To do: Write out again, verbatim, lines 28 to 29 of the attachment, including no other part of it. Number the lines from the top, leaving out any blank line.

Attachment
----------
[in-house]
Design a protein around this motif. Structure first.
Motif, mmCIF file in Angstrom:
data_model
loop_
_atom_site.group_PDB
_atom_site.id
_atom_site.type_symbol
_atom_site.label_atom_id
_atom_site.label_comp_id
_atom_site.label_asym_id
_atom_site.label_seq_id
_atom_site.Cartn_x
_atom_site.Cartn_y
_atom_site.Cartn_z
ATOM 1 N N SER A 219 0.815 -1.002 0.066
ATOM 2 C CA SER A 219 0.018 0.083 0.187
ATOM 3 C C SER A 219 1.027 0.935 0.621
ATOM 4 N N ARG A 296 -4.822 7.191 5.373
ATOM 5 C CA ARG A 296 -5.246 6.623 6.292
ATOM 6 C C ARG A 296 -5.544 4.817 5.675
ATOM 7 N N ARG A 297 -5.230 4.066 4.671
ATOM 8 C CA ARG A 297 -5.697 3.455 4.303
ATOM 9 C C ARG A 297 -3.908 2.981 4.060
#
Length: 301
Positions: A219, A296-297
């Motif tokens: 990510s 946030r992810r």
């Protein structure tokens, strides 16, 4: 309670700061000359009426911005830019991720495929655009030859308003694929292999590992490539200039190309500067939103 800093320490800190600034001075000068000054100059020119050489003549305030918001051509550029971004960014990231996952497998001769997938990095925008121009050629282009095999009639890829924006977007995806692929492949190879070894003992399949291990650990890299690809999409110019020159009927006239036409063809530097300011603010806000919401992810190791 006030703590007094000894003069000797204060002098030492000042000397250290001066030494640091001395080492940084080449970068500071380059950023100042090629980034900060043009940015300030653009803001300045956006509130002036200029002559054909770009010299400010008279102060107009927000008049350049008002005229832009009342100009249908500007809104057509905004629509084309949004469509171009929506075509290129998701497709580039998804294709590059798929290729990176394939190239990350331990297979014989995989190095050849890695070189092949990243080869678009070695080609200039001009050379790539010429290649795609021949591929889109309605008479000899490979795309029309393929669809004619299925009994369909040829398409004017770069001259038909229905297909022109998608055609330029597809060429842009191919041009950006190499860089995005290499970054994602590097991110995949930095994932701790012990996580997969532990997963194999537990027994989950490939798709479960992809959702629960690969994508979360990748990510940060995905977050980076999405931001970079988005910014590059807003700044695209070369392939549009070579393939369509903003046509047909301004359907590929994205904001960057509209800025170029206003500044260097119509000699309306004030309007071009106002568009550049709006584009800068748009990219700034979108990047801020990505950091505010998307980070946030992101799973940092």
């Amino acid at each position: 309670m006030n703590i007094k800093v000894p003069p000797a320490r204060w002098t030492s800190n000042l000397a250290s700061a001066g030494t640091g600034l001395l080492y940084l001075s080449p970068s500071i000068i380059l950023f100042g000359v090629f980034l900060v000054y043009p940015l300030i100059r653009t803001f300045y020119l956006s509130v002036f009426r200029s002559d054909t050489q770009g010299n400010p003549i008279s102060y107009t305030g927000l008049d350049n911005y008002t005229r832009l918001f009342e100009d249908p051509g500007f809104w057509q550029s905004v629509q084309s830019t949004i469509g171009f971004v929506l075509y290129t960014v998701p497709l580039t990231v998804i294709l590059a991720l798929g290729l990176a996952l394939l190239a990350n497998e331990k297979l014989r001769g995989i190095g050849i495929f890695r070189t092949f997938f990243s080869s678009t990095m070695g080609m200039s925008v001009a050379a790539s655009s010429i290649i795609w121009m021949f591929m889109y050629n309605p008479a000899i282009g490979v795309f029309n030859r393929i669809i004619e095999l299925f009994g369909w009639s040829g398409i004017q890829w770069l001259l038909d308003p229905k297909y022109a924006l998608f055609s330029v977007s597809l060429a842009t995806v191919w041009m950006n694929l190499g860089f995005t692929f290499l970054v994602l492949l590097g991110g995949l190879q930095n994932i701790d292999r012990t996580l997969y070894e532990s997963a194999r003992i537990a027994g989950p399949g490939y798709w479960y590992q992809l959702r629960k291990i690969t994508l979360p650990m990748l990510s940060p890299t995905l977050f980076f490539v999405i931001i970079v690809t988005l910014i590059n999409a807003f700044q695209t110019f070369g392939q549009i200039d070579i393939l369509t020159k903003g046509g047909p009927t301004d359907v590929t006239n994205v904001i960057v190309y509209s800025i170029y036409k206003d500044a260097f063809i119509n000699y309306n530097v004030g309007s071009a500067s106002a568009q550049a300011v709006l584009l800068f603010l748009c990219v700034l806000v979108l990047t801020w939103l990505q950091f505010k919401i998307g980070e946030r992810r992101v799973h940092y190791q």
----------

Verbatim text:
């Motif tokens: 990510s 946030r992810r």
């Protein structure tokens, strides 16, 4: 309670700061000359009426911005830019991720495929655009030859308003694929292999590992490539200039190309500067939103 800093320490800190600034001075000068000054100059020119050489003549305030918001051509550029971004960014990231996952497998001769997938990095925008121009050629282009095999009639890829924006977007995806692929492949190879070894003992399949291990650990890299690809999409110019020159009927006239036409063809530097300011603010806000919401992810190791 006030703590007094000894003069000797204060002098030492000042000397250290001066030494640091001395080492940084080449970068500071380059950023100042090629980034900060043009940015300030653009803001300045956006509130002036200029002559054909770009010299400010008279102060107009927000008049350049008002005229832009009342100009249908500007809104057509905004629509084309949004469509171009929506075509290129998701497709580039998804294709590059798929290729990176394939190239990350331990297979014989995989190095050849890695070189092949990243080869678009070695080609200039001009050379790539010429290649795609021949591929889109309605008479000899490979795309029309393929669809004619299925009994369909040829398409004017770069001259038909229905297909022109998608055609330029597809060429842009191919041009950006190499860089995005290499970054994602590097991110995949930095994932701790012990996580997969532990997963194999537990027994989950490939798709479960992809959702629960690969994508979360990748990510940060995905977050980076999405931001970079988005910014590059807003700044695209070369392939549009070579393939369509903003046509047909301004359907590929994205904001960057509209800025170029206003500044260097119509000699309306004030309007071009106002568009550049709006584009800068748009990219700034979108990047801020990505950091505010998307980070946030992101799973940092």